"It’s probably difficult or impossible for somebody who hasn’t been following the peak oil story for the past several years to understand the depth of the “Holy crap” feeling that many of us are experiencing right now. A large part of that feeling comes simply from the fact that, as I’ve mentioned here before, lots of things appear to be playing out according to the long-forecasted “plan,” including, most prominently, the expected development in which oil-and-energy issues have moved to the forefront of public discourse. Of course that has nothing, or at least not much, to do with the question of whether peak oil is actually “real” — a word that raises the need to distinguish between peak oil, the geological phenomenon, and peak oil, the theory that ties oil’s fortunes to the very survival of growth-based economies and industrial-technological civilization. In our ever-intensifying age of 24/7 digital linkage and global conversation, it’s impossible to ferret out how much of what we’re collectively thinking and feeling comes from reality itself, as in, the reality outside the media web, and how much is simply a self-reinforcing feedback loop.What’s incontrovertible is that we’re right now living through the giddiest age of apocalyptic cultural ferment that any of us have ever experienced. I think it’s safe to say that it tops the ones that accompanied the turn of the 20th century, and the advent of World Wars I and II, and the Depression era, and the social and cultural upheavals and meltdowns of the sixties and seventies, and the turn of the 21st century. It even tops 9/11, although in fact it incorporates the 9/11 feeling of an imminent breakdown in everything. Maybe the only thing that equals it is the nuclear terror of the Cold War era. Because now, as then, the fear isn’t just of a national or international breakdown or some such thing (although obviously that one is currently in play, too) but of a show-stopping calamity that would write “The End” on the last page of the book that is the human race, or at least on the book that is civilization as we have known for at least a century or two (since the full implementation of the Adam Smithian economic growth model and the rise of technocratic industrialism). The ecological term “die-off” has gained currency. The word “collapse” is on everybody’s minds and lips."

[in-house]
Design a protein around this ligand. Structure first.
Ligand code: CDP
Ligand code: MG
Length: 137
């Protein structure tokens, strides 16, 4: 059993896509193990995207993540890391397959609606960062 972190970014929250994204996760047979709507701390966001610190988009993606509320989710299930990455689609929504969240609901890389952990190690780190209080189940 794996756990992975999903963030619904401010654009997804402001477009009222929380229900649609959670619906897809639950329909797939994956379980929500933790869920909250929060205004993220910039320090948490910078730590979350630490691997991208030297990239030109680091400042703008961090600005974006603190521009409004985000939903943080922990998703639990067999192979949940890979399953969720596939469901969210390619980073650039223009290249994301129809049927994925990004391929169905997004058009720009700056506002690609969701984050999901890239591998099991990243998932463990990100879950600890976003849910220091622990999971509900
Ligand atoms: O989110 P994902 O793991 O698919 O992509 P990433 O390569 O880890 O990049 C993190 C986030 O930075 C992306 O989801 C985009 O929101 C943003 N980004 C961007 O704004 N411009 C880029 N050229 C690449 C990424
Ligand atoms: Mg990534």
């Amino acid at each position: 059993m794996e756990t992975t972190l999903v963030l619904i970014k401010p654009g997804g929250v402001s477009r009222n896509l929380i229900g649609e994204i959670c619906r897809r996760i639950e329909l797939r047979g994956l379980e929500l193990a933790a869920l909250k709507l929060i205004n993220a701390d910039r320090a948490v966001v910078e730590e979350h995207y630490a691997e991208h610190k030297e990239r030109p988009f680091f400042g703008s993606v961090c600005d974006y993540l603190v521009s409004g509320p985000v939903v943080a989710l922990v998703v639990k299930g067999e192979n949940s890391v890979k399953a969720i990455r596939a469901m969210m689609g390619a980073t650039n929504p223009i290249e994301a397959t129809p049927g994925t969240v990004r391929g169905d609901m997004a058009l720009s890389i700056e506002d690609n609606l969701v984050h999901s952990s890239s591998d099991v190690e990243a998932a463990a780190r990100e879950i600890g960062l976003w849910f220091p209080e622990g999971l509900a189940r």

"Then he got into bed. There wasn't an ounce of pretense about any of this, I swear. He was curious to get a look at that old apartment, and felt like telling me about it. He was tired, so he got into bed. When you meet Harrelson, you get a momentary glimpse of what a strange and exhausting job it must be to be famous. The job involves meeting an endless ocean of people you don't know and most likely will never see again. The obvious solution would be to retreat behind a well-rehearsed performance of your persona, to recycle a handful of gestures and mannerisms.Harrelson, on the other hand, seems like a guy totally determined not to let the artificiality of these interactions impinge on his sense of who he is. Perversely, the fact that he is frank and thoughtful, and known to hold unorthodox political opinions he doesn't keep to himself, has only augmented his fame. You can't throw an empty Chardonnay bottle out your car window in west L.A. without hitting a Hollywood liberal, but Harrelson is something much rarer: a vegan, raw-foodist, antiwar, anti-capitalist, pro-marijuana, eco-funky, genuine radical who happens to be a beloved character actor with a good-ol'-boy demeanor."